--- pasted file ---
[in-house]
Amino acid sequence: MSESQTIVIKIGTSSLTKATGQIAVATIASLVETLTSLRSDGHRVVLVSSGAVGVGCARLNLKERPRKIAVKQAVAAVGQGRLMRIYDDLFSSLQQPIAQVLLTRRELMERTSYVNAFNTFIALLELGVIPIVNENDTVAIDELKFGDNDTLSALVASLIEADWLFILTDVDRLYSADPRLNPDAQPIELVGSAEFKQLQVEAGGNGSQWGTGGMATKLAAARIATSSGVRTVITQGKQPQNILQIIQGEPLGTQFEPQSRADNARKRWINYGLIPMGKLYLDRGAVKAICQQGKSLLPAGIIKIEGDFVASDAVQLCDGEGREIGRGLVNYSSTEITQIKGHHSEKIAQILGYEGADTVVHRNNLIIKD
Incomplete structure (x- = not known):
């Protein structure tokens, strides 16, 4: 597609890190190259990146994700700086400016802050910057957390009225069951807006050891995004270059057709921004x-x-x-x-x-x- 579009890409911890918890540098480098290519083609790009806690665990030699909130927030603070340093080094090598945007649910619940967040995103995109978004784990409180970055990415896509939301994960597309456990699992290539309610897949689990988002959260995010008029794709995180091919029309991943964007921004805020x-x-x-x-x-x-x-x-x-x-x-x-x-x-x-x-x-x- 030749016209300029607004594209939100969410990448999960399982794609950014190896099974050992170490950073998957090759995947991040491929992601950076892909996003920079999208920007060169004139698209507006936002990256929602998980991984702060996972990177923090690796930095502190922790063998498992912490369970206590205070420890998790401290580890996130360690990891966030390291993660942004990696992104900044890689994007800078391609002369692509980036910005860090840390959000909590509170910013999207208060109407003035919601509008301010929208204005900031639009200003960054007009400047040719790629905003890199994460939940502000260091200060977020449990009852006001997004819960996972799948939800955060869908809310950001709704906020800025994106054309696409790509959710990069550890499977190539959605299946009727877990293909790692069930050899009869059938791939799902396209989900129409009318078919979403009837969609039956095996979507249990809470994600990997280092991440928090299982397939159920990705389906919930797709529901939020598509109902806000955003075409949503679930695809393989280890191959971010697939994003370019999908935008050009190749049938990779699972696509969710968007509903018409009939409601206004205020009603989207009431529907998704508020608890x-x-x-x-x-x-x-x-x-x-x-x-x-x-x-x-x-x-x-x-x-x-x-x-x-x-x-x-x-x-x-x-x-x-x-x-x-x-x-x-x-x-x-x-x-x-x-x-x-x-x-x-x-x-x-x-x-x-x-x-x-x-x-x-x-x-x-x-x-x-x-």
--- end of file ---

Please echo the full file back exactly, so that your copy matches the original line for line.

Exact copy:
[in-house]
Amino acid sequence: MSESQTIVIKIGTSSLTKATGQIAVATIASLVETLTSLRSDGHRVVLVSSGAVGVGCARLNLKERPRKIAVKQAVAAVGQGRLMRIYDDLFSSLQQPIAQVLLTRRELMERTSYVNAFNTFIALLELGVIPIVNENDTVAIDELKFGDNDTLSALVASLIEADWLFILTDVDRLYSADPRLNPDAQPIELVGSAEFKQLQVEAGGNGSQWGTGGMATKLAAARIATSSGVRTVITQGKQPQNILQIIQGEPLGTQFEPQSRADNARKRWINYGLIPMGKLYLDRGAVKAICQQGKSLLPAGIIKIEGDFVASDAVQLCDGEGREIGRGLVNYSSTEITQIKGHHSEKIAQILGYEGADTVVHRNNLIIKD
Incomplete structure (x- = not known):
């Protein structure tokens, strides 16, 4: 597609890190190259990146994700700086400016802050910057957390009225069951807006050891995004270059057709921004x-x-x-x-x-x- 579009890409911890918890540098480098290519083609790009806690665990030699909130927030603070340093080094090598945007649910619940967040995103995109978004784990409180970055990415896509939301994960597309456990699992290539309610897949689990988002959260995010008029794709995180091919029309991943964007921004805020x-x-x-x-x-x-x-x-x-x-x-x-x-x-x-x-x-x- 030749016209300029607004594209939100969410990448999960399982794609950014190896099974050992170490950073998957090759995947991040491929992601950076892909996003920079999208920007060169004139698209507006936002990256929602998980991984702060996972990177923090690796930095502190922790063998498992912490369970206590205070420890998790401290580890996130360690990891966030390291993660942004990696992104900044890689994007800078391609002369692509980036910005860090840390959000909590509170910013999207208060109407003035919601509008301010929208204005900031639009200003960054007009400047040719790629905003890199994460939940502000260091200060977020449990009852006001997004819960996972799948939800955060869908809310950001709704906020800025994106054309696409790509959710990069550890499977190539959605299946009727877990293909790692069930050899009869059938791939799902396209989900129409009318078919979403009837969609039956095996979507249990809470994600990997280092991440928090299982397939159920990705389906919930797709529901939020598509109902806000955003075409949503679930695809393989280890191959971010697939994003370019999908935008050009190749049938990779699972696509969710968007509903018409009939409601206004205020009603989207009431529907998704508020608890x-x-x-x-x-x-x-x-x-x-x-x-x-x-x-x-x-x-x-x-x-x-x-x-x-x-x-x-x-x-x-x-x-x-x-x-x-x-x-x-x-x-x-x-x-x-x-x-x-x-x-x-x-x-x-x-x-x-x-x-x-x-x-x-x-x-x-x-x-x-x-």